No matter which social media networks you use for consumer outreach, content is king. Even if the network has less elaborate content, like what you see on Twitter, what you say is important. Not only do you need to make a good impression, but you’ll want to keep your audience interested in the long haul. What makes this especially complicated is the stiff competition between brands, as well as the need for a human touch. Nobody likes to consume content that appears to be created by a robot.
One of the easiest ways to balance these priorities is by leveraging the power of user generated content (UGC). In this case, brands let consumers talk about their products and services, then showcase that content on their own social media page. Read on to learn how this can be done.
The Problem with Organic Social Media Content
Perhaps the toughest part of creating new, organic social media content is the fact that this task seems never-ending. According to the best marketing-industry knowledge, active social media accounts with the highest impact post every day. This “hamster wheel of content” requires endless creativity that can be challenging for brands, especially if they have a smaller marketing department that must develop all the ideas and implement them in-house.
Even worse, many customers have tuned out organic content that originates from brands. Not only have many network algorithms handicapped commercial organic content, but to many social media users, organic social media content looks like advertising. There are many reasons for this, but the “of course they’ll say this about themselves” phenomenon feeds the advertising impression.
Finally, the algorithms these days encourage brands to pay for sponsored posts and advertisements. These items are marked, meaning that users can consume them (or not) knowing that they are ads. But even though the ROI on social media advertising is good, authenticity is better. For these reasons, the best performing content on social media often come from individual influencers, not brands.
The Advantages of Using UGC
Of course, there’s a lot more of a benefit to user-generated content than the reduction in work for your marketing department. After all, choosing the best content to curate takes significant time on social media. Sure, social listening tools help find cool stuff, but much of the sifting through must be done by hand. Besides this, the content chosen must reflect brand values. Still, UGC has a lot of advantages for brands.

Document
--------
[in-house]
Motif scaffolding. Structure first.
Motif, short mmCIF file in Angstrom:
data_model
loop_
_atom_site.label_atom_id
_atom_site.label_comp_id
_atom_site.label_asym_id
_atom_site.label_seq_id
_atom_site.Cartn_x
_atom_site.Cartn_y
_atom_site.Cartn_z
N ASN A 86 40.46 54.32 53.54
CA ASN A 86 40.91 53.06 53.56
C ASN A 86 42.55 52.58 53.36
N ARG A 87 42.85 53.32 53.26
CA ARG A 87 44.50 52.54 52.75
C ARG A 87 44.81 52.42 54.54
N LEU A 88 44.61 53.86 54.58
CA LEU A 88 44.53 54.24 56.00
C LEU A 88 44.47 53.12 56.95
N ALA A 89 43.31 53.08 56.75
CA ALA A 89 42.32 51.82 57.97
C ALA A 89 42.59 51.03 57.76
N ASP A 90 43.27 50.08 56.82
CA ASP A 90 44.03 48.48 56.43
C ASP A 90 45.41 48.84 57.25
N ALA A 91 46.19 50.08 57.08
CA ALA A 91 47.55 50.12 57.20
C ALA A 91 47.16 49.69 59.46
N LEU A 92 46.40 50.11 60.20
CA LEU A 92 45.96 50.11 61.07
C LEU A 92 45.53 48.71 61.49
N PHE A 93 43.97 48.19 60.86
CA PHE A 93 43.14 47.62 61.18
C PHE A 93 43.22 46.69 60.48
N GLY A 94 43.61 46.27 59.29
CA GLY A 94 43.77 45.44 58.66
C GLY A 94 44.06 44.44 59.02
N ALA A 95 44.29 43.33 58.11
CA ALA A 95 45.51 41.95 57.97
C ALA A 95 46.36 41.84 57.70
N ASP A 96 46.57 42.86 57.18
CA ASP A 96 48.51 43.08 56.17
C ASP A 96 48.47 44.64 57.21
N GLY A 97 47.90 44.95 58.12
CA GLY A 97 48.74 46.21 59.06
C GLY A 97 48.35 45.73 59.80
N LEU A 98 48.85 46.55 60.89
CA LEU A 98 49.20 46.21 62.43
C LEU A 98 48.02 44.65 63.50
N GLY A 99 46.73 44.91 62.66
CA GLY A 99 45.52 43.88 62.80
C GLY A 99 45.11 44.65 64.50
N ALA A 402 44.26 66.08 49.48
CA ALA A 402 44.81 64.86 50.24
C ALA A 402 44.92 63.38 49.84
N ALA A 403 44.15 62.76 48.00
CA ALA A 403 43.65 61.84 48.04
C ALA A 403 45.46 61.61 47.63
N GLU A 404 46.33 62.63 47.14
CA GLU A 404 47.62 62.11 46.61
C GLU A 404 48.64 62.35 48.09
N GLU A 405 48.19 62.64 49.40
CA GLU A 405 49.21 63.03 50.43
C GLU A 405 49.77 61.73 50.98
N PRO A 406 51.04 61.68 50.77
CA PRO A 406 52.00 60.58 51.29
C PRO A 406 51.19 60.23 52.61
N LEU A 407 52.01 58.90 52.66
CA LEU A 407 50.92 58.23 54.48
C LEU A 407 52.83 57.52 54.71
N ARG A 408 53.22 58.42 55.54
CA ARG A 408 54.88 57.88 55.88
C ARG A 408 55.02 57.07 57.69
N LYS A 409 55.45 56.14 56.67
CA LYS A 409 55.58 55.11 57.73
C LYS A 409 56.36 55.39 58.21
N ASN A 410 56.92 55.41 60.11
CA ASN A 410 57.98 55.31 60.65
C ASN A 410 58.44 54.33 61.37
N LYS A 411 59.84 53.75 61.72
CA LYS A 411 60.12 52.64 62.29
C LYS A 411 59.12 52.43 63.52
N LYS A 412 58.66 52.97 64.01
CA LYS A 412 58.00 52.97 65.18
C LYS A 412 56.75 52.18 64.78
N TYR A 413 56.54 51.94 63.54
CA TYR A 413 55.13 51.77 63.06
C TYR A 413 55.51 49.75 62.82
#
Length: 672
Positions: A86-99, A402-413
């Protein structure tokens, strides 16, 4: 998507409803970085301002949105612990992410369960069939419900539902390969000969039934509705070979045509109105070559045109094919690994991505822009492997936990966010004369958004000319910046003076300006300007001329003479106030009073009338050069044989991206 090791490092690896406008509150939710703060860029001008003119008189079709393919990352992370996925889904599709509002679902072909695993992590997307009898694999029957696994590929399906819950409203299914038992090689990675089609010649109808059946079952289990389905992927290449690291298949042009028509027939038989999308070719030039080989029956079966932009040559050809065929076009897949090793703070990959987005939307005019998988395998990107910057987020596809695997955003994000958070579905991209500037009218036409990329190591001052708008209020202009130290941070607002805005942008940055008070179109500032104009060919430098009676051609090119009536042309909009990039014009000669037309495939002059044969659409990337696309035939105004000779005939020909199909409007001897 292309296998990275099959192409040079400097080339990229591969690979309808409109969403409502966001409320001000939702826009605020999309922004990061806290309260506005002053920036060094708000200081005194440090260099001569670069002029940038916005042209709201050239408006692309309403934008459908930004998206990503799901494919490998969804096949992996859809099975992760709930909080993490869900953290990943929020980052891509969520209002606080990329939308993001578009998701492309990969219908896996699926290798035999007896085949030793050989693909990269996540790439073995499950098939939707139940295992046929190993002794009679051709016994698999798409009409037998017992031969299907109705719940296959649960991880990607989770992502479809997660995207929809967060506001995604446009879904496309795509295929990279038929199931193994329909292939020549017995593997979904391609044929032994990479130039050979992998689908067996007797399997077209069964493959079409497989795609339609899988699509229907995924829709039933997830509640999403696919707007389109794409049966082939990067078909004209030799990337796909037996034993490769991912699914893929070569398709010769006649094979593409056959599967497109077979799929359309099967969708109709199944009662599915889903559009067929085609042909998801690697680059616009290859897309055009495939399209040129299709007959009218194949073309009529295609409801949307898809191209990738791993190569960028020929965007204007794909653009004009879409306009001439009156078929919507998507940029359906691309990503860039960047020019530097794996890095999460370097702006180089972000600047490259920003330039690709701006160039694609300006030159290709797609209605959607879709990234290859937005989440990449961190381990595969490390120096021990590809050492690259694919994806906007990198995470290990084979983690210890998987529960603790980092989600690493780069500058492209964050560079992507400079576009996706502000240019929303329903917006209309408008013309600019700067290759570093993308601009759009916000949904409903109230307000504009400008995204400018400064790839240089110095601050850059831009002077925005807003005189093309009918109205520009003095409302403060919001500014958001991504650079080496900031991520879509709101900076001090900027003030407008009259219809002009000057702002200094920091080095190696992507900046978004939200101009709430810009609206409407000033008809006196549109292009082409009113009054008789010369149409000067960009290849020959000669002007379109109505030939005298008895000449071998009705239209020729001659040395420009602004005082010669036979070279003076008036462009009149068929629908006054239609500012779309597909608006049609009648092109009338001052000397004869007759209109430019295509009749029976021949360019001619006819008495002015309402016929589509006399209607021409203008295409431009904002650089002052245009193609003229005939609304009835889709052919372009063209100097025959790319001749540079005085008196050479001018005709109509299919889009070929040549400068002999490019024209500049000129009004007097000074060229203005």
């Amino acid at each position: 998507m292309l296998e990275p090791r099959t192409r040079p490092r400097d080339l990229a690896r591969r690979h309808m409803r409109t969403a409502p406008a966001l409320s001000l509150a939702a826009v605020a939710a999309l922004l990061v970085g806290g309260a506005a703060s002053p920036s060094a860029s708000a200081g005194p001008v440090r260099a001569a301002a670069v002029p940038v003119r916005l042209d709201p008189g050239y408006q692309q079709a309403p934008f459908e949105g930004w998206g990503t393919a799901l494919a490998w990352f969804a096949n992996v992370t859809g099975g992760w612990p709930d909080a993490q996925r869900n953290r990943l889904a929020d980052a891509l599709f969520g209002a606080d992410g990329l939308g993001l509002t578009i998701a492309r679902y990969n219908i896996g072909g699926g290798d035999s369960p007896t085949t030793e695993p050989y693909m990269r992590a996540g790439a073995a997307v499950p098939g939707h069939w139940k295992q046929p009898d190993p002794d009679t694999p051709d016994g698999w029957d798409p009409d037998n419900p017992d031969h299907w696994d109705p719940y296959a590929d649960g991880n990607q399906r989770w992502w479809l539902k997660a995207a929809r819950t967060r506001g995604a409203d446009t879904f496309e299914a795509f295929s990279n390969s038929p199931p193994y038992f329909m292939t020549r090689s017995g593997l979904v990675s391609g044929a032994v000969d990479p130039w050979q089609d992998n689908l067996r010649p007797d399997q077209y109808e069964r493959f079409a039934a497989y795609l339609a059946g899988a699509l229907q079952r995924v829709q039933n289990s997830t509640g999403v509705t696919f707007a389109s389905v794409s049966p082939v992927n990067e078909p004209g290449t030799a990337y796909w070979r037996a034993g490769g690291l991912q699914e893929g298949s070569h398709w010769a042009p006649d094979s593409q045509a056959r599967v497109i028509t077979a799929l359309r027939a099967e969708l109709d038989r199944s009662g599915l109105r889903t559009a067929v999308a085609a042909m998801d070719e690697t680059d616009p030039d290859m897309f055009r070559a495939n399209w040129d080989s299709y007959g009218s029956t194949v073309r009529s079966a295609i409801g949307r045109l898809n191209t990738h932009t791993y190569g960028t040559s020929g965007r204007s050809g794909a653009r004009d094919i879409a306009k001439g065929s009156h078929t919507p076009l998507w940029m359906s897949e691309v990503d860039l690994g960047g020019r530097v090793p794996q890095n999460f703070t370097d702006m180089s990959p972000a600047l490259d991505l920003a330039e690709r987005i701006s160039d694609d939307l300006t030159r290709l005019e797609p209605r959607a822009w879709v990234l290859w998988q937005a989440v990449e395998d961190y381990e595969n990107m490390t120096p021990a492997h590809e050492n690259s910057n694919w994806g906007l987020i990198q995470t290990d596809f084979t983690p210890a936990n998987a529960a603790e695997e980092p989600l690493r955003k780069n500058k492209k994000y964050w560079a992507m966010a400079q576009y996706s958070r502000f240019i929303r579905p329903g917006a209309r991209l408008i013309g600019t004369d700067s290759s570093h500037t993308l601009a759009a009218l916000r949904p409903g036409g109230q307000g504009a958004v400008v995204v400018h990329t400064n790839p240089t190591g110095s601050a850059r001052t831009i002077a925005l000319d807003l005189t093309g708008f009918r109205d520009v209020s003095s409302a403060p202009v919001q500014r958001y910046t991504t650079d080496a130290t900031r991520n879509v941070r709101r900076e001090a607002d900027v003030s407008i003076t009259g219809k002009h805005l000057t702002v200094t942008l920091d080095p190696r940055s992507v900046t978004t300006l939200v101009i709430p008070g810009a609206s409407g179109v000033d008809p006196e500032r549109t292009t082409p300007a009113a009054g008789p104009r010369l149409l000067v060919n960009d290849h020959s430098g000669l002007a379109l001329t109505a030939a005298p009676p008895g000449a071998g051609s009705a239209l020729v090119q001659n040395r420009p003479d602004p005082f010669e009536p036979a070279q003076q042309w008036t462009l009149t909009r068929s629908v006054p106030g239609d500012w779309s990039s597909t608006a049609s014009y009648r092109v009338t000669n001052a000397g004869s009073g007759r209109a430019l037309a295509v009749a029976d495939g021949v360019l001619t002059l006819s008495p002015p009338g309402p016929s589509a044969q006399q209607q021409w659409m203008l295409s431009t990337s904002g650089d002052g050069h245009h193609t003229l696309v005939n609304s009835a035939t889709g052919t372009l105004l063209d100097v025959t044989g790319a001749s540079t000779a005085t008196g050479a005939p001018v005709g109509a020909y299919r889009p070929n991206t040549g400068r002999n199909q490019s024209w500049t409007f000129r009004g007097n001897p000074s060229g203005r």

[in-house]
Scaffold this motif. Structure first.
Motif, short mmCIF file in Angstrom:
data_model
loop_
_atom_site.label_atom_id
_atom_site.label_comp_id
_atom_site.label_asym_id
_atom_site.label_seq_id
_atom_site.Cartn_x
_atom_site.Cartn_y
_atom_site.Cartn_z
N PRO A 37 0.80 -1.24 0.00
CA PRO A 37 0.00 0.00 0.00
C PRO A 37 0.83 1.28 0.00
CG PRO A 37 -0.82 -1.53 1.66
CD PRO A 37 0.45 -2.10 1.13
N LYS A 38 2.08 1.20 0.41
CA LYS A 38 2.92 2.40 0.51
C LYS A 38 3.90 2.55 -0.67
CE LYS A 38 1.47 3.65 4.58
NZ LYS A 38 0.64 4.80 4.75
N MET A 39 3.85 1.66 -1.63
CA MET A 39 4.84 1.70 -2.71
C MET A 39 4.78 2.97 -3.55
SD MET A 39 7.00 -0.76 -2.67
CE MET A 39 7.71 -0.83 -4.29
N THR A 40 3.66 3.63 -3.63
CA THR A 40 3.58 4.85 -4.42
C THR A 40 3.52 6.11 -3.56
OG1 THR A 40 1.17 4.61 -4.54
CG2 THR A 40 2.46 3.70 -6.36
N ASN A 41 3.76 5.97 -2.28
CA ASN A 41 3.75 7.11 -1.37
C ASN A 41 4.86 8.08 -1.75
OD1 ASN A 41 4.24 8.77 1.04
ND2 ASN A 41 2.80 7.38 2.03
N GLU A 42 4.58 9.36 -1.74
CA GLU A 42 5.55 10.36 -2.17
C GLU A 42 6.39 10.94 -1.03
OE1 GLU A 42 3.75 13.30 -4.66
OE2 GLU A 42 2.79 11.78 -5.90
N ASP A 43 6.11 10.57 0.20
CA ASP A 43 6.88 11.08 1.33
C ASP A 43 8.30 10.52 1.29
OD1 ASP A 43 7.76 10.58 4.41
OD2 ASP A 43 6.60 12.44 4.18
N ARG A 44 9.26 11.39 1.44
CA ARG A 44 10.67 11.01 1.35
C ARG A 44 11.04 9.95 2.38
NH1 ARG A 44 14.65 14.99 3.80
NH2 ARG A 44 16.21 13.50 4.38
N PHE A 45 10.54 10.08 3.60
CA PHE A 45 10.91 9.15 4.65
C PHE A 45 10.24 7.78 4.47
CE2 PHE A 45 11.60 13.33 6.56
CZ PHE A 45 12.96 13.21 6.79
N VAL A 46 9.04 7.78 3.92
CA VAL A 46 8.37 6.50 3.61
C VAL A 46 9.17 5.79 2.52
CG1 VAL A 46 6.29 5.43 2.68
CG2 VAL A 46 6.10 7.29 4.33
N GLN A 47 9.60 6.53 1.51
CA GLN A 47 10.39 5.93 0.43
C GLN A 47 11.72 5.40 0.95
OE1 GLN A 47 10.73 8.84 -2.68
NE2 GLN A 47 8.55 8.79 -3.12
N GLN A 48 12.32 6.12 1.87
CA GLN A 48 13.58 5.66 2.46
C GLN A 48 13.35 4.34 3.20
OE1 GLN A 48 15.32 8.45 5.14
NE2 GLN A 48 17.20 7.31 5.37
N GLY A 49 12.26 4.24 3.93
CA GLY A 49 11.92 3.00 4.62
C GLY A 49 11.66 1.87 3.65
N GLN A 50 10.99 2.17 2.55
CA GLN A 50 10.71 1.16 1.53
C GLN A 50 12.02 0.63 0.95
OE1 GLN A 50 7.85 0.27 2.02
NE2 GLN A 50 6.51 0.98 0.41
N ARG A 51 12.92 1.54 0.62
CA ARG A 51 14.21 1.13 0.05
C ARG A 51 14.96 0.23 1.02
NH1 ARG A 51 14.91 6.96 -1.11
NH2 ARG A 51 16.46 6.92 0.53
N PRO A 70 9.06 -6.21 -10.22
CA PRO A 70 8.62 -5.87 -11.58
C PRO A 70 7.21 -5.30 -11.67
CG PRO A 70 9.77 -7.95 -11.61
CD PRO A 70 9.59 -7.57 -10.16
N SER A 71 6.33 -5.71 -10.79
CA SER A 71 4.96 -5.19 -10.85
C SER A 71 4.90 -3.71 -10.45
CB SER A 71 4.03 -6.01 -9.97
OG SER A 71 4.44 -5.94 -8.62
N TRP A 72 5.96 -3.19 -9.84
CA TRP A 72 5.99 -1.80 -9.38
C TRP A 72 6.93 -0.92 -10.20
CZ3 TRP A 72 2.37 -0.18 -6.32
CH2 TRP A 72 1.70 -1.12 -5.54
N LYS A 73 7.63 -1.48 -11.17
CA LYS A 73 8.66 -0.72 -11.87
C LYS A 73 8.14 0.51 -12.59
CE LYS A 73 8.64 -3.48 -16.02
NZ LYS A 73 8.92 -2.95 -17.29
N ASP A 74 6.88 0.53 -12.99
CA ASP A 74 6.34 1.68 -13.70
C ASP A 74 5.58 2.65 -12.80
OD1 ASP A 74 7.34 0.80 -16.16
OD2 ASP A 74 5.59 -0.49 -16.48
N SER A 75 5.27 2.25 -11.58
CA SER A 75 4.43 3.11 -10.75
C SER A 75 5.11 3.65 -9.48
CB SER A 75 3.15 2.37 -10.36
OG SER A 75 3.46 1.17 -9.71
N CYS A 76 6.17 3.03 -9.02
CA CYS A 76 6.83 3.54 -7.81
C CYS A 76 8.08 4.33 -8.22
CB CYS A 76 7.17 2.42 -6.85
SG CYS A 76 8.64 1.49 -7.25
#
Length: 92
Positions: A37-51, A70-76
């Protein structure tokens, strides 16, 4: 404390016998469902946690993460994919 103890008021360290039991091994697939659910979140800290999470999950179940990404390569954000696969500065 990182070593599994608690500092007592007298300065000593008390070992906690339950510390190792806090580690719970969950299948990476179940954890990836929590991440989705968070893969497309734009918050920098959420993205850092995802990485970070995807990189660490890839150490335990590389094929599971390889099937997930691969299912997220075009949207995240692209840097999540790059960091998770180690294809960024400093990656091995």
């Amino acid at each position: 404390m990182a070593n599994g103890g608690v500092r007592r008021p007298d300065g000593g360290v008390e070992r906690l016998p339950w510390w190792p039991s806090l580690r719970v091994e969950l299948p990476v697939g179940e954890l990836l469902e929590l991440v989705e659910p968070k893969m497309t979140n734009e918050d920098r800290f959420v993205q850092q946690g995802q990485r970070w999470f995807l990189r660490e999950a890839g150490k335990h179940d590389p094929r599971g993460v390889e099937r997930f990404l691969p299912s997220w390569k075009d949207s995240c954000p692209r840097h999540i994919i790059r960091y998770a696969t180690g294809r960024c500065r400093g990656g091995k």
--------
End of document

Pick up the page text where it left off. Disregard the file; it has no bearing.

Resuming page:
UGC is developed by people for people
Perhaps the most obvious advantage of UGC is that real-world people have created it. While nobody questions that a corporate marketing department is made of people, being an employee of a brand gives a narrower perspective on that brand. For instance, failed marketing campaigns or a social #fail can get them fired.
On the other hand, customers have a different perspective on products or services. For one thing, they can choose to purchase a product or refrain from doing so. In a highly competitive industry like beauty or fashion, customers often try many different products before deciding which one is best for them. And once they do, these customers are often happy to become brand advocates by sharing why that product is something that others should check out.
UGC is more authentic
Most people who create content about a product do so because they’re enthusiastic about it. Or, if they’re a paid influencer, the content is made because that item is relevant to their audiences. Despite compensation of influencers, this kind of UGC still tends to be very authentic. That’s because the reputation of an influencer is valuable enough to them that they’re unlikely to recommend something they don’t think is a great product.
It should come as no surprise that 75% of marketers know that adding UGC makes their own brand more authentic.
Besides the influencer factor, there’s a desire to help others. This is where beginning influencers and ordinary social media users come into play. Think of it this way: Both on large e-commerce sites and special interest forums, people give reviews because it’ll help others. Especially since products are ultimately intended to solve a problem or meet a need, people love to hear from others how well the product achieves its goal.
User generated content is often more engaging than content created by brands for these reasons
Think about it this way: if you create content around the same thing all day, every day, then it’s easy to get stuck in a creative rut. At some point you’re going to run out of cool things to say, or exhaust your creative ideas. Onn the other hand, non-brand content creators are free to switch gears regularly. They’ll only create content about your brand when they feel like it.